Polarized site specific
Photographer: Freya McOmish
Kajsa Willner reveals gradient spectrums through disposable plastic into a material portrait about plastic waste.
Malmö-based Studio Kajsa Willner has created a site specific piece that sends polarized light through disposable plastic revealing hidden colors and gradient spectrums, currently on display at Designmuseum Danmark. The piece was commissioned for CHARTs CURIO initiative 2019, curated by Line Ulrika Christiansen and Pernille Stockmarr. The exhibition runs until 2020-03-20.
Polarized Portraits: A custom installation made to fit inside one of the exhibition vitrines at the outdoor gallery-space in front of the entrance of Design Museum Denmark.
The piece operates by using polarized light to reveal stress patterns in various disposable plastic, mimicking the function of a polarized light microscope. It comes alive when darkness has entered like the moon, revealing hidden colors and gradient spectrums in the plastic creating a material portrait with the aim to draw attention to the dilemmas surrounding plastic waste.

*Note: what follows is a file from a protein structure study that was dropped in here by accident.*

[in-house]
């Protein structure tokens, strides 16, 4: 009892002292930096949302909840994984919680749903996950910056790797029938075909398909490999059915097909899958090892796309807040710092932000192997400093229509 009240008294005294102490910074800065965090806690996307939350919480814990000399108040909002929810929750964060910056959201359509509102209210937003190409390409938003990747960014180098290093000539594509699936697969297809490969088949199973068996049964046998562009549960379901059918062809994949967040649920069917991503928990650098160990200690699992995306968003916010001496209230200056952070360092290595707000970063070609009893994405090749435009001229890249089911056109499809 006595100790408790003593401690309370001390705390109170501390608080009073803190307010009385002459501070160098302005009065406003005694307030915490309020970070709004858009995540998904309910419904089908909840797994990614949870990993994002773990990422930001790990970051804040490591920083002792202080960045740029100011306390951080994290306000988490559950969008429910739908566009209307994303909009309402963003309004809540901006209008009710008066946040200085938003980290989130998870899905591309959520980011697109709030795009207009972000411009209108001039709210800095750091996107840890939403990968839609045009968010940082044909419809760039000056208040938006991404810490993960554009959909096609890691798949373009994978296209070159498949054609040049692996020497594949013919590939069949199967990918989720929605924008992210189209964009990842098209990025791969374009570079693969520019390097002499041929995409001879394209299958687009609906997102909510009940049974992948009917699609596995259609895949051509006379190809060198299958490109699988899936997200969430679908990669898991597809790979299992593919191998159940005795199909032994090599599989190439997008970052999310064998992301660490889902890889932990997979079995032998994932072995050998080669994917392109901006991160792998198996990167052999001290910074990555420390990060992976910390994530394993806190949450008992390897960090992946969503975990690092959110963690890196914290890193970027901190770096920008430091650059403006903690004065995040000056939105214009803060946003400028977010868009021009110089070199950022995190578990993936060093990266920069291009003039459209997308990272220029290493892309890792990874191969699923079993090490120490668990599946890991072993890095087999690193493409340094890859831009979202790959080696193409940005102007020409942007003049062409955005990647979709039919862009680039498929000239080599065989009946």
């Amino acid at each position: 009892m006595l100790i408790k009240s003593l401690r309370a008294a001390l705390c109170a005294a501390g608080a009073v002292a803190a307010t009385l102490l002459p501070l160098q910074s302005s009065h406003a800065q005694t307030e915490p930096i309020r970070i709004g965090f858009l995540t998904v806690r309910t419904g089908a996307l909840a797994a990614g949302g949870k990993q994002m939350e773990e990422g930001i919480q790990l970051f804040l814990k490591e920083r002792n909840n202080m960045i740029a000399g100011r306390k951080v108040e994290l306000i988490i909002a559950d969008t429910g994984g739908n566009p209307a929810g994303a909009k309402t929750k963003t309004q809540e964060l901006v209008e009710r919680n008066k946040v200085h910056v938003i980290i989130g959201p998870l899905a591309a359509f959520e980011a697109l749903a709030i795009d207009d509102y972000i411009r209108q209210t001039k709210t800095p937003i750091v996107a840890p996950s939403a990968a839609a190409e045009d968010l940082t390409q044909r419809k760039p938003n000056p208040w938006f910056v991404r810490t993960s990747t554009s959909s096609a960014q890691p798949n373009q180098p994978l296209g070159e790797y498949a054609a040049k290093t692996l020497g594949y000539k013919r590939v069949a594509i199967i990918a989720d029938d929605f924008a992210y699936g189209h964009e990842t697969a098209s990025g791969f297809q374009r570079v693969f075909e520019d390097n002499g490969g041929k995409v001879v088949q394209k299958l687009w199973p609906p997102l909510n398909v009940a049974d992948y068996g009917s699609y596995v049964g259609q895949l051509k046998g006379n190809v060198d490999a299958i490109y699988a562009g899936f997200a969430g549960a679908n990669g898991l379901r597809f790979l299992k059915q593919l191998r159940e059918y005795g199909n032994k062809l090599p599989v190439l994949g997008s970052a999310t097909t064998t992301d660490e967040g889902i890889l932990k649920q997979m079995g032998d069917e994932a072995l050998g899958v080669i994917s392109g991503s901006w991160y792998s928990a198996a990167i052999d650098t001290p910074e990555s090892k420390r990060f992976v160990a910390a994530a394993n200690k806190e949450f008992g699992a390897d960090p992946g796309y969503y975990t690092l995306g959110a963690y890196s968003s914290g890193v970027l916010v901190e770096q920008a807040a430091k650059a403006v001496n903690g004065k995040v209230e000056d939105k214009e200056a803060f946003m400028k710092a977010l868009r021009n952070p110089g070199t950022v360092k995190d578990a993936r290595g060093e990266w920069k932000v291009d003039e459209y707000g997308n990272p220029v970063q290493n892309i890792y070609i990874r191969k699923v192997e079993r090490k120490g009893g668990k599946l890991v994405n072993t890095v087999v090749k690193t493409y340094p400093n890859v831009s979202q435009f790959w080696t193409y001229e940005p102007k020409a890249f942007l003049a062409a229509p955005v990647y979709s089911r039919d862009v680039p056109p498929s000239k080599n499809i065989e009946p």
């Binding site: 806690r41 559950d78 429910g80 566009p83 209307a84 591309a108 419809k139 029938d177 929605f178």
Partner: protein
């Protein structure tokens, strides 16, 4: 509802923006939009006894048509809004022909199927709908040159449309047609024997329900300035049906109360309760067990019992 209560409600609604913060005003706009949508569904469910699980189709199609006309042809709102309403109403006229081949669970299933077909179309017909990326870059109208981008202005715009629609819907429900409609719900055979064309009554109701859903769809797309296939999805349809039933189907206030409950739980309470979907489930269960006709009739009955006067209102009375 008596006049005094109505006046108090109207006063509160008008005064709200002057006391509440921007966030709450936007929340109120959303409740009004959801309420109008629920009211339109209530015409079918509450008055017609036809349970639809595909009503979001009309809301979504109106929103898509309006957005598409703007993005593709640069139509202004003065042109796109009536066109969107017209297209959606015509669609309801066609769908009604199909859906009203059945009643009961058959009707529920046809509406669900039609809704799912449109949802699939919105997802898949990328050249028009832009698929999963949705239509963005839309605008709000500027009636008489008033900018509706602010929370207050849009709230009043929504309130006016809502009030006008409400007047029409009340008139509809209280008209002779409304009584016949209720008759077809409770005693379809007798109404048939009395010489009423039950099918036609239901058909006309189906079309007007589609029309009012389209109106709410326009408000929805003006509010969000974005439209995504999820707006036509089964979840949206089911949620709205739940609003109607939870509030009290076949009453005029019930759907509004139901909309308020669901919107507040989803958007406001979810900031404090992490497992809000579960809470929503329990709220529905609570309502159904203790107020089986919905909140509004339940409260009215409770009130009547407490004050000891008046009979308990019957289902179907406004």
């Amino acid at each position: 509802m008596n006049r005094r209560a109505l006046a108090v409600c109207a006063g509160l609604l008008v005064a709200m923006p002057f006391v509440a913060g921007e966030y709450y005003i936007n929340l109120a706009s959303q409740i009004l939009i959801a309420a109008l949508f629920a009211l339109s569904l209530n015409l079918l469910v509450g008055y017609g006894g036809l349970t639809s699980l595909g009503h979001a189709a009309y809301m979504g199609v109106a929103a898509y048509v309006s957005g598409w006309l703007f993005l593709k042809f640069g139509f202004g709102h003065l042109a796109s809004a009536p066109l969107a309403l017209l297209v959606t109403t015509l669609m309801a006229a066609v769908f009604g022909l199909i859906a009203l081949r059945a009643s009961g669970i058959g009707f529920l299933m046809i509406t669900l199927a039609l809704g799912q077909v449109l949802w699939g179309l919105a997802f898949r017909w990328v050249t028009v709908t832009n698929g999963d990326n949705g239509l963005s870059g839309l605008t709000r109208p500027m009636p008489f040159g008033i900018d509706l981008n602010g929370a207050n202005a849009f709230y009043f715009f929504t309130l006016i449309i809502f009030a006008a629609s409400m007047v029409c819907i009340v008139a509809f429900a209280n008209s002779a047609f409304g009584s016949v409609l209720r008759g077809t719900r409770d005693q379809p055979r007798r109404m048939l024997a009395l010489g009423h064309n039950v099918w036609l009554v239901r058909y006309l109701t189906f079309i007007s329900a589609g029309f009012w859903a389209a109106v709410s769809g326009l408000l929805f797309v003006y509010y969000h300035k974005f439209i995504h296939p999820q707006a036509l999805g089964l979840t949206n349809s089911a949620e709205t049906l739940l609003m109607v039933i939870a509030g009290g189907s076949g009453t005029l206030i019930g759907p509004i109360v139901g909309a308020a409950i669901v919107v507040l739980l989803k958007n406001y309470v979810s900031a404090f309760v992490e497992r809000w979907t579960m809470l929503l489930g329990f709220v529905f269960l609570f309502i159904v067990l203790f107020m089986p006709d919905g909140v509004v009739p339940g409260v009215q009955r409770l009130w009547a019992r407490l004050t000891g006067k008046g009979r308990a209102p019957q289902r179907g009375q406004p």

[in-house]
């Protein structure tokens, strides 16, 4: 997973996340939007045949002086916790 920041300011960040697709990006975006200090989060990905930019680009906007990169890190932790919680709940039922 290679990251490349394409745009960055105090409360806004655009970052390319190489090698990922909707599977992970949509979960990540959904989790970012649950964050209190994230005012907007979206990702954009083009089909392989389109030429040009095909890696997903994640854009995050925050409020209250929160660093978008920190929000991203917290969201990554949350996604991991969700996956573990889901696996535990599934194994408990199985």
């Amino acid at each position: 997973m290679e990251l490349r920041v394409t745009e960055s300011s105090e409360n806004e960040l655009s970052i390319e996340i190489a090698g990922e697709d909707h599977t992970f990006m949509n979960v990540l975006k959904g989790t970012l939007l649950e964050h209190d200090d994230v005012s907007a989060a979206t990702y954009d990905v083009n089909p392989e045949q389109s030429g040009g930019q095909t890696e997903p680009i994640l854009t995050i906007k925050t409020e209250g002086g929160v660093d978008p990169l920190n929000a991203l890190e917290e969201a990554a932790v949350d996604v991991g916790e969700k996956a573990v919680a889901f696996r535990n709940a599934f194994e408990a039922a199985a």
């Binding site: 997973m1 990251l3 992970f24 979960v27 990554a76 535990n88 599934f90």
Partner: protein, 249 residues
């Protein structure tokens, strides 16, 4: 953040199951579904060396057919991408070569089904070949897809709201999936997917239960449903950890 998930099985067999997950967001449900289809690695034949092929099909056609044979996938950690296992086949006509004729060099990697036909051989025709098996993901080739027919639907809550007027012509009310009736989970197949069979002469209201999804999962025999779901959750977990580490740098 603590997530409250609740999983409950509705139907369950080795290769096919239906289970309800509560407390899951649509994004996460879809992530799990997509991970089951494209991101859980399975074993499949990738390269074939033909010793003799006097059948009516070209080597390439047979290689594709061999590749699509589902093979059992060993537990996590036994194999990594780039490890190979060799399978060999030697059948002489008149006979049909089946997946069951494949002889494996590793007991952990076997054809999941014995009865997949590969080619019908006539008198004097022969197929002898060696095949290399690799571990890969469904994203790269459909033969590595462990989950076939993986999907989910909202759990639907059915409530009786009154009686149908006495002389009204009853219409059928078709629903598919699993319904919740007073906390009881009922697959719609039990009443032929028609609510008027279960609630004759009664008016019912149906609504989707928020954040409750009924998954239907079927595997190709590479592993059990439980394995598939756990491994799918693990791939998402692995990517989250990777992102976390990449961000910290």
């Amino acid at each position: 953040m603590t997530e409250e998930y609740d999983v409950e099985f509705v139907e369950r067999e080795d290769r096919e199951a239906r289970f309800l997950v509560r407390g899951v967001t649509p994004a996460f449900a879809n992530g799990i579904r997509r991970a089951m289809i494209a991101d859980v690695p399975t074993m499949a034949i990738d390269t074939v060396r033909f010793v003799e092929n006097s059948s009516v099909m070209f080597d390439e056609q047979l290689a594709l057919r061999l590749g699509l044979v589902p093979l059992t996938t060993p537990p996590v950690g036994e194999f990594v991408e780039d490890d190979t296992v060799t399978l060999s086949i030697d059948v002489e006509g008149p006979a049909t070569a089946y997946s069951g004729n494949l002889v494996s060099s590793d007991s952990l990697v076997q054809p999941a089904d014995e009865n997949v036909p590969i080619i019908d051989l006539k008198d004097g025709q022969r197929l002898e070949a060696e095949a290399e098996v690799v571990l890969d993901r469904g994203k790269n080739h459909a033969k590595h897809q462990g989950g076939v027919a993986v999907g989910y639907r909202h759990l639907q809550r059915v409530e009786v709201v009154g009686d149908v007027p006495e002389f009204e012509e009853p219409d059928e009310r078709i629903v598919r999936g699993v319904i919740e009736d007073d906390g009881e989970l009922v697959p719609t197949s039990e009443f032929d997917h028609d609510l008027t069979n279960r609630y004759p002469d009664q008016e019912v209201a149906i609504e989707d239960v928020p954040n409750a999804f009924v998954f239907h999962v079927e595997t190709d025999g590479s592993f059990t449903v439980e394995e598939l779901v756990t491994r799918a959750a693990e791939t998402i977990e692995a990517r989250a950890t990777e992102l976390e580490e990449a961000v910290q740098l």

People are well aware about the plastic issues and how we over consume in particular on-the-go, disposable plastic that either ends up in nature or placed into landfill, without us even thinking about it. By highlighting a piece of disposable plastic the aim of the installation is to push for a more conscious consumer behaviour towards plastic.
The project started out in a former collaboration with a material scientist where Kajsa was asked to work with materials that the scientist was researching. Through exploration of the properties of polarized light – an optical phenomenon that occurs when waves of light oscillate in a single plane – light polarizers and different disposable plastics were used to play with bending, blocking and transforming light and force interference in the plastic to create various colorful material portraits.
Willner’s work plays with the optical phenomenon of polarized light microscopy to create an imaginative x-ray of planet Earth. The pieces examine how disposable plastic can become aesthetic optical art ‘portraits’ of our world, while remaining environmentally harmful plastic waste with the aim to push for a change.